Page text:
Isoleucine

 

Isoleucine Introduction

Isoleucine is an amino acid that is required for numerous blood-related processes; including the regulation of blood sugar and energy levels as well as hemoglobin formation. In association with leucine and valine, isoleucine is categorized as one of the branched-chain amino acids (BCAAs). All three of these amino acids are considered essential in human nutrition, and are needed to maintain the health of muscular tissues throughout the human body.

BCAAs also enhance and preserve glycogen stores in our skeletal muscles. [1] This is of great importance because muscle glycogen is instrumental in performing daily physical processes. Readily converted to energy by the body, glycogen is the primary carbohydrate energy source stored in muscle.

The members of the branched-chain amino acid family constitute nearly seventy percent of all bodily proteins. They provide constant structural and functional consistency within human biology.

Isoleucine Food Sources

Almonds, cashews, chicken, chickpeas, eggs, fish, lentils, liver, meat, rye, most seeds, and soy proteins are foods among the highest in isoleucine bioavailability. Serving sizes below are based upon 100 grams of a given food source and are expressed in milligrams, representing the amount of isoleucine contained.

Baked Products
mg/100gFood Name
2180 Leavening agents, yeast, baker’s, active dry

Vegetables and Vegetable Products
mg/100gFood Name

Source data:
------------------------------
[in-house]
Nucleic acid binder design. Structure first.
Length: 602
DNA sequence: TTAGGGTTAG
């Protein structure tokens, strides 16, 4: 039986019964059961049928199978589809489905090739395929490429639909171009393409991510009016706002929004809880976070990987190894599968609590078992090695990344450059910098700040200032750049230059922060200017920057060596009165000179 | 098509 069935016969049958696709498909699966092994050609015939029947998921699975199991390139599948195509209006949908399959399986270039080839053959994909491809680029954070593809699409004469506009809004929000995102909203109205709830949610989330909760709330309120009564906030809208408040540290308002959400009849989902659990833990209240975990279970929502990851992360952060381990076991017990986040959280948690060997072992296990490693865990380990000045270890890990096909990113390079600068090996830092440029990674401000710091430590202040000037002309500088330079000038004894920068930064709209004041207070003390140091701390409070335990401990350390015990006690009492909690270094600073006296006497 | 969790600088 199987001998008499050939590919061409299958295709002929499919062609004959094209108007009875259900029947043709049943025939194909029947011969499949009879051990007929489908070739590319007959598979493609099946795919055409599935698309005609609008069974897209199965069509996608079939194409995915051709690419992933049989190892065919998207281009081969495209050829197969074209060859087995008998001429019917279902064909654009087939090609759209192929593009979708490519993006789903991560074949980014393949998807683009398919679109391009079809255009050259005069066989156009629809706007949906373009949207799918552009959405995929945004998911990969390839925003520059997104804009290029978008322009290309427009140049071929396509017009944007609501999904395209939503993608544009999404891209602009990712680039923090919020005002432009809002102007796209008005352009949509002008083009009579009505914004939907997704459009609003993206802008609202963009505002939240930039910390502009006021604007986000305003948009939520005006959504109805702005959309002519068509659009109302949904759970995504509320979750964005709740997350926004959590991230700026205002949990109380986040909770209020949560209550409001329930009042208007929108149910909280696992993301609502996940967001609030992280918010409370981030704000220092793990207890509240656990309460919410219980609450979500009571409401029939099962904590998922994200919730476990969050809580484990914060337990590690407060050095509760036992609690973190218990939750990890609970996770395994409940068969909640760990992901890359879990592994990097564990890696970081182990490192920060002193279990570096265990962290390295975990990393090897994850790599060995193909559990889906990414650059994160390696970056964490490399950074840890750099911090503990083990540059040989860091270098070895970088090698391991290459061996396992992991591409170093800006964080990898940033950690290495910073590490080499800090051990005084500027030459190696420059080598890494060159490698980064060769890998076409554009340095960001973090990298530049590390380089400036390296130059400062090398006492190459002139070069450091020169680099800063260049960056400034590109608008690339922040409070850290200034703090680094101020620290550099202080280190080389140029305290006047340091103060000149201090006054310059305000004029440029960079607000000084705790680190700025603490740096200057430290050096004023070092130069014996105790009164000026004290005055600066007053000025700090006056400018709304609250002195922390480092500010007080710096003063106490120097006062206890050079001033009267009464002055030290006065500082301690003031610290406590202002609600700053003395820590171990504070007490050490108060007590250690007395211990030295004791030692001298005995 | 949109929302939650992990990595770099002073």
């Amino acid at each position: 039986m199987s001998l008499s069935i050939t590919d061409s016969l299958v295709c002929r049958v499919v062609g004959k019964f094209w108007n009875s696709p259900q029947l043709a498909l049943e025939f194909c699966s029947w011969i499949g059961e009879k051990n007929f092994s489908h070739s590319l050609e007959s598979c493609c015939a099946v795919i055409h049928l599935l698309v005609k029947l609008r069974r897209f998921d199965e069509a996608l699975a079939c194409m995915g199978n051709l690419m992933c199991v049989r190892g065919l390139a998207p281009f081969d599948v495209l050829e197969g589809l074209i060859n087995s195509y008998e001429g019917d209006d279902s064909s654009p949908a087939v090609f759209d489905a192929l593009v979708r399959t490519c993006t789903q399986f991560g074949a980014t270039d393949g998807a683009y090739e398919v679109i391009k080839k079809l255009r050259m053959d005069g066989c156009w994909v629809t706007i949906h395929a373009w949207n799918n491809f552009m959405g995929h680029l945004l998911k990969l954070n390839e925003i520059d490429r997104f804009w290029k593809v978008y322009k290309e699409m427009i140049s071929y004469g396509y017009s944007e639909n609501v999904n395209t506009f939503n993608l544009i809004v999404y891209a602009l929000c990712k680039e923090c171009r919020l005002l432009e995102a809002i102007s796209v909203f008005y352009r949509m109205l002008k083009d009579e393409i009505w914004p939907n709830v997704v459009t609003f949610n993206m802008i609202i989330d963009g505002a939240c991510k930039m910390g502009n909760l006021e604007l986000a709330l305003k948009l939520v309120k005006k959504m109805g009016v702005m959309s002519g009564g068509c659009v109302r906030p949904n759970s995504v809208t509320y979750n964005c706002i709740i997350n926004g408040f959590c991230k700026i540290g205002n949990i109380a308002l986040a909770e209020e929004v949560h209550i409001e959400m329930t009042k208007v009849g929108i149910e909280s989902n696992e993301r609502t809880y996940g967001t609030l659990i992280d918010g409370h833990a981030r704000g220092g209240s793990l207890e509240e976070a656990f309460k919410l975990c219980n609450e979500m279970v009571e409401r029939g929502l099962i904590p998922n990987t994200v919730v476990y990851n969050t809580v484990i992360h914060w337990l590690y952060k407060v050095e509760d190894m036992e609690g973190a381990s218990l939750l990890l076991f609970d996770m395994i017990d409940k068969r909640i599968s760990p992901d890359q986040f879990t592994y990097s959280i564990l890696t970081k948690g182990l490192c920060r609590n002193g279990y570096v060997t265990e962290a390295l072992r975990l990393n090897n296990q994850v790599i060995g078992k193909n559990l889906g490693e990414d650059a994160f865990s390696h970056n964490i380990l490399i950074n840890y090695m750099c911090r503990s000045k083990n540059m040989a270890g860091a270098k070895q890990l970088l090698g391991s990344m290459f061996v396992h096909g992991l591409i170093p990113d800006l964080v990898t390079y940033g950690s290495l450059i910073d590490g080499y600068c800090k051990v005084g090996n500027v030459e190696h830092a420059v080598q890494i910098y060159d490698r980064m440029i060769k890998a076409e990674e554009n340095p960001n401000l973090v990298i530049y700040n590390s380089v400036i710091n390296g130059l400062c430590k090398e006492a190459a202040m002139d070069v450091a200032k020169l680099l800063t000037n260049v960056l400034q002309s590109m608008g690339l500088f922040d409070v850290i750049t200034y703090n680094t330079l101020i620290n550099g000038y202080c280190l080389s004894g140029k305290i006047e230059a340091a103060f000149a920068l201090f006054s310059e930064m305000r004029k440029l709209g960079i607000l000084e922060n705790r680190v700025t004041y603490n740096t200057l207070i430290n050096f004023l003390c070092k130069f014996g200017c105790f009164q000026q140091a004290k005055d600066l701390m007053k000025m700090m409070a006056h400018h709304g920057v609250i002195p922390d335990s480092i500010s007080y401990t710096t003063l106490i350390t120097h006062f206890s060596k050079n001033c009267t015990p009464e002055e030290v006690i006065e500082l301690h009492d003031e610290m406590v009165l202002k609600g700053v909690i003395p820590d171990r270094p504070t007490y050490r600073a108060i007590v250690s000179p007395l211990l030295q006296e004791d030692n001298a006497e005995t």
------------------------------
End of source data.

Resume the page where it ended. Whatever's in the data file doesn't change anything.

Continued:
3210 Seaweed, spirulina, dried

Nut and Seed Products
mg/100gFood Name
2160 Seeds, sesame flour, low-fat
1800 Seeds, cottonseed flour, low fat (glandless)
1770 Seeds, cottonseed meal, partially defatted (glandless)

Legumes and Legume Products
mg/100gFood Name
4250 Soy protein isolate
4250 Soy protein isolate, potassium type
2940 Soy protein concentrate
2380 Tofu, dried-frozen (koyadofu)
2380 Tofu, dried-frozen (koyadofu), prepared with calcium sulfate
2260 Soy flour, low-fat
2180 Soy meal
2000 Meat extender
1920 Soybeans, mature seeds, dry roasted
1840 Peanut flour, defatted
1770 Soybeans, mature seeds, raw

Finfish and Shellfish Products
mg/100gFood Name
2900 Fish, cod, Atlantic, dried and salted

Poultry Products
mg/100gFood Name
1760 Chicken, broilers or fryers, breast, meat only, cooked, fried
1740 Chicken, stewing, light meat, meat only, cooked, stewed

Pork Products
mg/100gFood Name
1800 Pork, cured, bacon, cooked, broiled, pan-fried or roasted
1800 Pork, cured, bacon, cooked, pan-fried

Lamb, Veal, and Game Products
mg/100gFood Name
1810 Veal, leg (top round), separable lean only, cooked, braised
1780 Veal, leg (top round), separable lean and fat, cooked, braised

Sausages and Luncheon Meats
mg/100gFood Name
2210 Chorizo, pork and beef

Dairy and Egg Products
mg/100gFood Name
4580 Egg, white, dried